In the report, the Secretary-General states that there has been significant progress in the pursuit of dialogue between the Government of Sierra Leone and the RUF. He welcomes the Government's readiness to open talks with the RUF, and calls upon the latter to show flexibility in the interest of peace. He welcomes the 18 May ceasefire agreement, which has helped to create an atmosphere conducive to the success of the peace talks, and reiterates his call to the concerned parties to adhere strictly to its terms.
Nevertheless, he says, the killings, mutilations and other human rights abuses perpetrated by rebel forces against the civilian population in Sierra Leone, as well as the widespread destruction of property wreaked on a country which already ranks among the poorest in the world, are deeply deplorable. To gain international legitimacy and recognition, any armed opposition must be prepared to renounce and atone for inflicting such suffering on non-combatants. The Secretary-General calls upon the RUF leadership to ensure the compliance of all its fighters with international human rights standards and humanitarian law, including the release of all abductees. He also calls on the RUF leadership to act on its stated intention to investigate abuses committed by its troops and to invite international observers to take part in this process.
Referring to increased international concern about human rights violations in Sierra Leone, the Secretary-General welcomes the stated intention of the United Nations High Commissioner for Human Rights, Mary Robinson, to examine the situation on the ground and to obtain tangible commitments regarding the prevention of abuses and accountability of perpetrators. He is also pleased by the proposal by Sierra Leone President Ahmad Tejan Kabbah to establish a national human rights commission and to create a truth and reconciliation mechanism as part of a peace agreement. These measures should be fully supported by the donor community, he says. In that context, the Secretary-General also commends the Economic Community of West African States' Monitoring Observer Group (ECOMOG) in establishing a civil-military relations committee to investigate allegations of human rights violations by pro-government forces. Representatives of all sectors of Sierra Leonean on society are participating in those investigations, with the United Nations in an international observer role. He calls on the international community to continue supporting ECOMOG logistically and also to assist the process of the rebuilding of Sierra Leone's armed forces.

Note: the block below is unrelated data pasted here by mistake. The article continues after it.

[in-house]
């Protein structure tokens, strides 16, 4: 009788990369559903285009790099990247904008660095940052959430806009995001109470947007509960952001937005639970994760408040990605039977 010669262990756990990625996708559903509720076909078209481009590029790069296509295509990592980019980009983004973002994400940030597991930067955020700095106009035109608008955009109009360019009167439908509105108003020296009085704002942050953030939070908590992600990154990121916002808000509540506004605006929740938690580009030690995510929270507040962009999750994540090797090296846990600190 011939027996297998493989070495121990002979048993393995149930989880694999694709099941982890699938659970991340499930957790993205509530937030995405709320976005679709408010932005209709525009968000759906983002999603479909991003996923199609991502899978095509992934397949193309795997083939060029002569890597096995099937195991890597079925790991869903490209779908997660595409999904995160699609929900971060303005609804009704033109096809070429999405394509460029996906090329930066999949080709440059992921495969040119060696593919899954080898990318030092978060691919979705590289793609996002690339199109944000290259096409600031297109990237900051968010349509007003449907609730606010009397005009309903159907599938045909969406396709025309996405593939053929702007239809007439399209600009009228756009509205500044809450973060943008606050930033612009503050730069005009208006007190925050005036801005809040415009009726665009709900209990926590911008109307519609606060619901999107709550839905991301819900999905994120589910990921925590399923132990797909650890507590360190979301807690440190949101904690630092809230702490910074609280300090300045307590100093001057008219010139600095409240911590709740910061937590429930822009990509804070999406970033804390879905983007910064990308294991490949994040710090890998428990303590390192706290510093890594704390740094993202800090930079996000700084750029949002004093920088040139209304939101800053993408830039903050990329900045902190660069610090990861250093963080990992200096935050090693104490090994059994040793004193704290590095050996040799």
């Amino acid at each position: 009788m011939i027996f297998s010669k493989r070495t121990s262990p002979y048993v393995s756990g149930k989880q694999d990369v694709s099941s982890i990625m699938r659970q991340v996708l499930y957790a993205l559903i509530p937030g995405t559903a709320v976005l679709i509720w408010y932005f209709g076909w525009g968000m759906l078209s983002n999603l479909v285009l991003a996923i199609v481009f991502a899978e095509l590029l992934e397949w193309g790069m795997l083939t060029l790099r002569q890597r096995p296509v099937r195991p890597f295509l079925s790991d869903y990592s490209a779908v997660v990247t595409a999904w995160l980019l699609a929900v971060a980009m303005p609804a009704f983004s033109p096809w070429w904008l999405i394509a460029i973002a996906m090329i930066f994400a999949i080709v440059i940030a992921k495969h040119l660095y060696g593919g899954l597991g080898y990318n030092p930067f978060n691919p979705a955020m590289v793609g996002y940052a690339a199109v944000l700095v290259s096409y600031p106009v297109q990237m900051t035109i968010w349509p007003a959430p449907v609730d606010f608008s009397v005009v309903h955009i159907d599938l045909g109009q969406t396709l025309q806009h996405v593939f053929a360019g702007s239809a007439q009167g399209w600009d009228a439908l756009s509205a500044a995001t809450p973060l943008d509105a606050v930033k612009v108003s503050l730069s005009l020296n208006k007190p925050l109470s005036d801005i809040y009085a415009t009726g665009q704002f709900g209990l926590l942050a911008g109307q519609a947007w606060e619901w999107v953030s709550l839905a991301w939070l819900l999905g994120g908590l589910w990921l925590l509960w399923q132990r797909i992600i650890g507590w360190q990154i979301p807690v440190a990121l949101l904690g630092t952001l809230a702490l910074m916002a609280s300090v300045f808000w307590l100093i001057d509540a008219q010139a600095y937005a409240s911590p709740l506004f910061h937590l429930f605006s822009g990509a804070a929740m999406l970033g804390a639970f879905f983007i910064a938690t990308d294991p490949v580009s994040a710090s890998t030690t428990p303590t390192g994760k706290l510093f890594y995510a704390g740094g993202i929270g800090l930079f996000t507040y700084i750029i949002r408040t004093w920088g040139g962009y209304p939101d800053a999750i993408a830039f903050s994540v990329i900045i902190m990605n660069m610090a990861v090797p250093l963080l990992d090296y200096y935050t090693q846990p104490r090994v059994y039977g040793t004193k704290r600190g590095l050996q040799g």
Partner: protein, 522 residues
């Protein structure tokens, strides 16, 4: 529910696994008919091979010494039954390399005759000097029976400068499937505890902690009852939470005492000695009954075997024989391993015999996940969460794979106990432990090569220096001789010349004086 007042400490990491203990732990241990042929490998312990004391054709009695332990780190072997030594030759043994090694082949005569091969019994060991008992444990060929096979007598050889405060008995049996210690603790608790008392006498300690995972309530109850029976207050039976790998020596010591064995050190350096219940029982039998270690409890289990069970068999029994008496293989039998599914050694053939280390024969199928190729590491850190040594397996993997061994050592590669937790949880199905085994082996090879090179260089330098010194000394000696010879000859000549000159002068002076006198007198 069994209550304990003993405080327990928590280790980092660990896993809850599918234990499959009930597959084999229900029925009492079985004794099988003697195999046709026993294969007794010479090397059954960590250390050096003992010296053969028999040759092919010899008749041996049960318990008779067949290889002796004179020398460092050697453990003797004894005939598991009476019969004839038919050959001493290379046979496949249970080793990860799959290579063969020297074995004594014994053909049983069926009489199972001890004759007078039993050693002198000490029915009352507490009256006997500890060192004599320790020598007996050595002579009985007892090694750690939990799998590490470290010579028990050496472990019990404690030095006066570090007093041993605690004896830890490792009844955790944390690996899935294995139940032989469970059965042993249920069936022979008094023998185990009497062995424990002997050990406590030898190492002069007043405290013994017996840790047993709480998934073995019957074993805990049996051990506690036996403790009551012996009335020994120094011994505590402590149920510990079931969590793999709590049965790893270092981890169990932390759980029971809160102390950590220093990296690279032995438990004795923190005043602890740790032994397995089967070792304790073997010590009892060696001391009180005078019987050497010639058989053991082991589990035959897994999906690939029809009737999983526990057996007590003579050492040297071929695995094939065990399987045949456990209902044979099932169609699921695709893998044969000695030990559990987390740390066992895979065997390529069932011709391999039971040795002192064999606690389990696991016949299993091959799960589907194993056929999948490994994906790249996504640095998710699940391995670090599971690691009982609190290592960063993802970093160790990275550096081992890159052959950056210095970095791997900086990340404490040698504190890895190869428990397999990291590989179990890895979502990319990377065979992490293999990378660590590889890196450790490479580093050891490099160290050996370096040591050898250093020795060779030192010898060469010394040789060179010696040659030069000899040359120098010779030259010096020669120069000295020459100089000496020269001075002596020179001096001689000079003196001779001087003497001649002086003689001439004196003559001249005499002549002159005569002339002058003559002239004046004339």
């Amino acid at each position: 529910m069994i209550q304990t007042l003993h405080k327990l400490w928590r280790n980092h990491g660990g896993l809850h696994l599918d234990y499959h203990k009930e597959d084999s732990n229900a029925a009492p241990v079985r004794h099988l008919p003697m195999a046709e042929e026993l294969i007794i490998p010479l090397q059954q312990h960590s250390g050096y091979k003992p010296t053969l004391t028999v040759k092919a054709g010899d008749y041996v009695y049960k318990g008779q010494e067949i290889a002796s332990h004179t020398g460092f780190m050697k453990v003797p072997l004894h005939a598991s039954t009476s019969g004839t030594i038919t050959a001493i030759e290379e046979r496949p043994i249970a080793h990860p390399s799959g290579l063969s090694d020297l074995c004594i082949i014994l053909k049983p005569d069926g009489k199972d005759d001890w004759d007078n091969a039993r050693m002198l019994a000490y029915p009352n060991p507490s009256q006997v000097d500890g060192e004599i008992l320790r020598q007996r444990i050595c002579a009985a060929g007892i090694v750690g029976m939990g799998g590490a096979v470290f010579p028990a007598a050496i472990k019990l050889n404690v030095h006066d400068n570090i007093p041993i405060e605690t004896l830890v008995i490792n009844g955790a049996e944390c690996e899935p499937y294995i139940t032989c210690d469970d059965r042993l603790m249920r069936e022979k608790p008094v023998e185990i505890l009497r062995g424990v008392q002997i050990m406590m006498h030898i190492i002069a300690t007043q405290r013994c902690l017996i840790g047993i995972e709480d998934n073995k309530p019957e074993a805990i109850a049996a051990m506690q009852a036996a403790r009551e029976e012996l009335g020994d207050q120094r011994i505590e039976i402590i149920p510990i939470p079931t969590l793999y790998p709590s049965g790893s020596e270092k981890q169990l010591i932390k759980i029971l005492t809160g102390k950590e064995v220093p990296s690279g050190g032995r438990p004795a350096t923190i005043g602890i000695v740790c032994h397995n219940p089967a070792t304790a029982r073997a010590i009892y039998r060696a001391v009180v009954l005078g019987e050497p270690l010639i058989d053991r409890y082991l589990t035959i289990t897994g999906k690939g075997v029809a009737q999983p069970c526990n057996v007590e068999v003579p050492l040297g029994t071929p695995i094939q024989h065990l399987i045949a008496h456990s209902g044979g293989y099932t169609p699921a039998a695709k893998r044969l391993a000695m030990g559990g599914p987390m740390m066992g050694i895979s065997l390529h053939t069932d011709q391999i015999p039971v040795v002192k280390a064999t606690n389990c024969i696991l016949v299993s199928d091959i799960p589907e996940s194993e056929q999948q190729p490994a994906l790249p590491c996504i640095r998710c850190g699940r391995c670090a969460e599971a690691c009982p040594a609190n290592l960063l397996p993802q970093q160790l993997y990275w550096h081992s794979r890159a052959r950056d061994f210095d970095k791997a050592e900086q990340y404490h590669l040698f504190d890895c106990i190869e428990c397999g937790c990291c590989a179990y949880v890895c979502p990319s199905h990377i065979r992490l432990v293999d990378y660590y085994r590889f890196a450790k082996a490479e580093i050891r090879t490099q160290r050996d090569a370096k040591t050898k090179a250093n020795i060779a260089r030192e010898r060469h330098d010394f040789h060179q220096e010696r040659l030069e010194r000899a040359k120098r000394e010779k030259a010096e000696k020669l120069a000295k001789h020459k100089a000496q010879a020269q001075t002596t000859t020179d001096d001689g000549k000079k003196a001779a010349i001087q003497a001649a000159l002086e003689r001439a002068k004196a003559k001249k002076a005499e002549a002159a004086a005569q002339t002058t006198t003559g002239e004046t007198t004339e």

Regarding the urgent need to resume the process of disarmament, demobilization and reintegration of the current ex- combatants and to prepare the groundwork for an expansion of such activities, the Secretary-General expresses the hope that the Government of Sierra Leone will continue to provide the necessary impetus to the national disarmament, demobilization and reintegration programme and ensure its viability as an incentive for all rebel fighters willing to lay down their arms. It is also important, he says, for the Government to work closely with donors on the development of a revised disarmament, demobilization and reintegration plan, with a well-defined operational plan and clear-funding arrangements, to be put into effect in the context of a peace agreement.
The Secretary-General also calls attention to the need to consider how the RUF/Armed Forces Revolutionary Council (AFRC) might be transformed into a legitimate political party, while reintegrating former combatants into society. He calls for an end to the recruitment of children as soldiers, and for the final peace agreement to embody commitments by all parties to demobilize their child participants immediately. Disarmament, demobilization and reintegration programmes should consider giving priority to children under 18, he says.
Disturbed by persistent reports of arms supplies reaching the rebel forces, the Secretary-General says that any support for the RUF/AFRC by outside parties perpetuates the conflict. He reiterates his call to all States to comply strictly with the embargo on the sale or supply of arms and related matériel to non-governmental forces in Sierra Leone imposed by the Security Council in its resolution 1171 (1998).
Turning to dire humanitarian situation in the country, the Secretary-General stresses the need to establish mechanisms to ensure unhindered humanitarian access to all parts of the country and to promote effective coordination and cooperation between humanitarian agencies, the Government and the RUF. The delivery of humanitarian aid requires the protection of and respect for humanitarian relief workers, goods and properties. Noting that negotiations for humanitarian access should be guided by the code of conduct for humanitarian agencies operating in Sierra Leone, the Secretary-General urges the international community to continue to support dialogue to achieve unhindered humanitarian access to all areas of the country.